A 66-year-old man was referred to our hospital complaining of urinary retention and scrotal hard mass. In his past history, he received urethral injury around 40 years old. A scrotal mass was found intra-scrotally as a hard and cylindrical shape with smooth surface on physical examination. The mass was palpable around urethra and clearly delineated from the testis and epididymis, while the left testis was atrophic. Transillumination was negative. Urine analysis revealed microscopic haematuria (RBC>100/HPF) and urinary inflammation(WBC10-19/HPF). Urine culture showed Streptococcus agalactiae (5X105). Physical examination and laboratory tests suggested acute prostatitis. A plain X-ray demonstrated several high-density nodules in the pelvic cavity. The patient underwent plain CT, which showed prostatitis with prostatic stones and suspected urethral diverticulum with stone formation (Figure 1).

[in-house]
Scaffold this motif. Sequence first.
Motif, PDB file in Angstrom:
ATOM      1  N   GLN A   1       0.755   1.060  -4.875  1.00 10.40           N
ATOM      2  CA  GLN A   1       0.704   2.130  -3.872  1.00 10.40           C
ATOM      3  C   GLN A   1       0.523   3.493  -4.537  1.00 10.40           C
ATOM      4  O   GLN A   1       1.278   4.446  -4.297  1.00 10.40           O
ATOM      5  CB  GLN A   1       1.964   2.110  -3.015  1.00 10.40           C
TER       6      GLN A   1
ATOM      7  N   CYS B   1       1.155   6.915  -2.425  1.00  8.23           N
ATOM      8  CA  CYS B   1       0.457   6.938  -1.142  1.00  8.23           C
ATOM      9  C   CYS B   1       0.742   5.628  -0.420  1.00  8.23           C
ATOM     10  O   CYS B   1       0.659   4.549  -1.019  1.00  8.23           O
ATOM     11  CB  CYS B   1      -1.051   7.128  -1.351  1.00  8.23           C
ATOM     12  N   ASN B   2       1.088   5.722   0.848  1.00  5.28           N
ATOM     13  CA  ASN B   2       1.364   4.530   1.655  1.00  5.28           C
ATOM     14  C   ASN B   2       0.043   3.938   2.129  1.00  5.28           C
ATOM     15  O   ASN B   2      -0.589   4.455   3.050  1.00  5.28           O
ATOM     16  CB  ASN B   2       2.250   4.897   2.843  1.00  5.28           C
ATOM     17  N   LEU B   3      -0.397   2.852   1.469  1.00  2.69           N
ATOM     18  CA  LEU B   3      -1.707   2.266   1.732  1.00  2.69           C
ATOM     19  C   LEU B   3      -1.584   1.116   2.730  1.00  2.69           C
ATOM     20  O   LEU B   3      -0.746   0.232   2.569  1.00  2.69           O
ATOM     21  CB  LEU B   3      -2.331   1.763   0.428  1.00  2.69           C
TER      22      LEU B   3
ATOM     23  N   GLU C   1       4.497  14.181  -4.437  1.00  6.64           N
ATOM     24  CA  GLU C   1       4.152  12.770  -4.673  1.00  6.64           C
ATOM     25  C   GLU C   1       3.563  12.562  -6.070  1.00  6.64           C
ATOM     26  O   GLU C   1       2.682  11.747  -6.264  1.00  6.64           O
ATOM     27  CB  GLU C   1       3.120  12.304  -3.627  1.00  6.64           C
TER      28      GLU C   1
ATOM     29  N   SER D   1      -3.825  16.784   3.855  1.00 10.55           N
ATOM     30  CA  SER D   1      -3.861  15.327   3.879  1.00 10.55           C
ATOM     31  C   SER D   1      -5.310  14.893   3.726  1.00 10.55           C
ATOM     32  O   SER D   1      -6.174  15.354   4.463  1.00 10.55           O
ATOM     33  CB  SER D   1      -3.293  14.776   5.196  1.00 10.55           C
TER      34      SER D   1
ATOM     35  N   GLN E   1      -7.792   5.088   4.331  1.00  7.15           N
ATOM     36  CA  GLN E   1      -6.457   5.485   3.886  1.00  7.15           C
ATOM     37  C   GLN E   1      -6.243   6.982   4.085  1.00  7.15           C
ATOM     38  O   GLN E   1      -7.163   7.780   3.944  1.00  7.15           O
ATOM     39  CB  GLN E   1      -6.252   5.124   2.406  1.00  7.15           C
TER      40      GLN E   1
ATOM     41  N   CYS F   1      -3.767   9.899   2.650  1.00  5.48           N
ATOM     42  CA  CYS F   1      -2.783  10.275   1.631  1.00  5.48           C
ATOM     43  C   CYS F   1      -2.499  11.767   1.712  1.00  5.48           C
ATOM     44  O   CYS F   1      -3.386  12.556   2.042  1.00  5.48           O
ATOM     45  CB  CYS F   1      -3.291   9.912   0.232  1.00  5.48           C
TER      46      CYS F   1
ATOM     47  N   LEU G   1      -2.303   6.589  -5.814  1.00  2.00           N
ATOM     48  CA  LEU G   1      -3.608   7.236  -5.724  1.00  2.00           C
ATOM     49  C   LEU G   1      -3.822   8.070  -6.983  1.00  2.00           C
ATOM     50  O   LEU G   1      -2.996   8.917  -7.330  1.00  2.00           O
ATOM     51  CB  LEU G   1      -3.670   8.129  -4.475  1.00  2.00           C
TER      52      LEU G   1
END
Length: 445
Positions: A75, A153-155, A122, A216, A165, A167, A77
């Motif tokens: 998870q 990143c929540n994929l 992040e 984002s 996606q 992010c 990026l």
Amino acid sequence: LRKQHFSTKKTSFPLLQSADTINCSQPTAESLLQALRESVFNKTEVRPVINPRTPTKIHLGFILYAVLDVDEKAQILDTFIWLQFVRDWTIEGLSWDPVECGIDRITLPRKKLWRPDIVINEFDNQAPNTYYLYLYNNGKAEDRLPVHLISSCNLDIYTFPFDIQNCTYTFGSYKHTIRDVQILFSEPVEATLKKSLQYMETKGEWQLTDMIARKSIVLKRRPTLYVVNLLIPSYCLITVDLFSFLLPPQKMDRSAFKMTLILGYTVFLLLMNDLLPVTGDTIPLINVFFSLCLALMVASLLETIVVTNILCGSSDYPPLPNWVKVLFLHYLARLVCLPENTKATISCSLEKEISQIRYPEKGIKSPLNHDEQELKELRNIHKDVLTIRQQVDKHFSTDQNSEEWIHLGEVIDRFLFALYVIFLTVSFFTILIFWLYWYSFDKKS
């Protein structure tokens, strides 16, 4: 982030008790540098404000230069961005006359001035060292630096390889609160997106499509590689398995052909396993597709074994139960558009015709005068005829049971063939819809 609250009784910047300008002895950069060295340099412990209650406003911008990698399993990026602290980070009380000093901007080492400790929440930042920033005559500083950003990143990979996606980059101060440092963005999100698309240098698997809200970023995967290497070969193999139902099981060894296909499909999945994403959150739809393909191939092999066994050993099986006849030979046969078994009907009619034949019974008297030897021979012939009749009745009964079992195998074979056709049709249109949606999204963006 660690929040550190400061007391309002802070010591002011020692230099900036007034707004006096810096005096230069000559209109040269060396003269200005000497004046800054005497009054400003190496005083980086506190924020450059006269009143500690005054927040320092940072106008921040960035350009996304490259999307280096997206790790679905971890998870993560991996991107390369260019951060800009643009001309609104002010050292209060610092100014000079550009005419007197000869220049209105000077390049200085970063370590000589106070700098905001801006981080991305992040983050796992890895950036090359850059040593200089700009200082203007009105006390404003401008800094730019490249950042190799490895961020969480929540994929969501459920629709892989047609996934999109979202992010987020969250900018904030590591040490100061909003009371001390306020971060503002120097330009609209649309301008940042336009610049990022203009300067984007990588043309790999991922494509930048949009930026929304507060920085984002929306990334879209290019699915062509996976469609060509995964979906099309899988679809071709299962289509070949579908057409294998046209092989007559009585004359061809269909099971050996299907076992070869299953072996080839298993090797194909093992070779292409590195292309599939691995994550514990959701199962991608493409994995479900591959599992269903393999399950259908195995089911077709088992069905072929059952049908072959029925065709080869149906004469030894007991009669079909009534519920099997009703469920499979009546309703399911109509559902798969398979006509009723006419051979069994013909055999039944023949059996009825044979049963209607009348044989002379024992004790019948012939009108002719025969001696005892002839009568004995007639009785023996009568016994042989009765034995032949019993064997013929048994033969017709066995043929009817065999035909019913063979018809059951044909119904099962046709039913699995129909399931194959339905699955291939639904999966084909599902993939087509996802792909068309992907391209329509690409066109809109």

Figure. 1 Computed tomography (CT) showing urethral stones and diverticulum with stone formation.
Computed tomography (CT) showing urethral stones and diverticulum with stone formation.

 

Retrograde urethrography showed little information to place the precise location of stones in urethra and diverticulum; urethral stricture was suspected in the anterior urethra. To evaluate the exact position of diverticulum and urethral stones, a 3D-CT technique employing air-filling of the urethra was performed. We observed two shell-shaped stones and several stones in a urethral diverticulum, prostatic stones, and small urethral and bladder stones (Figure 2).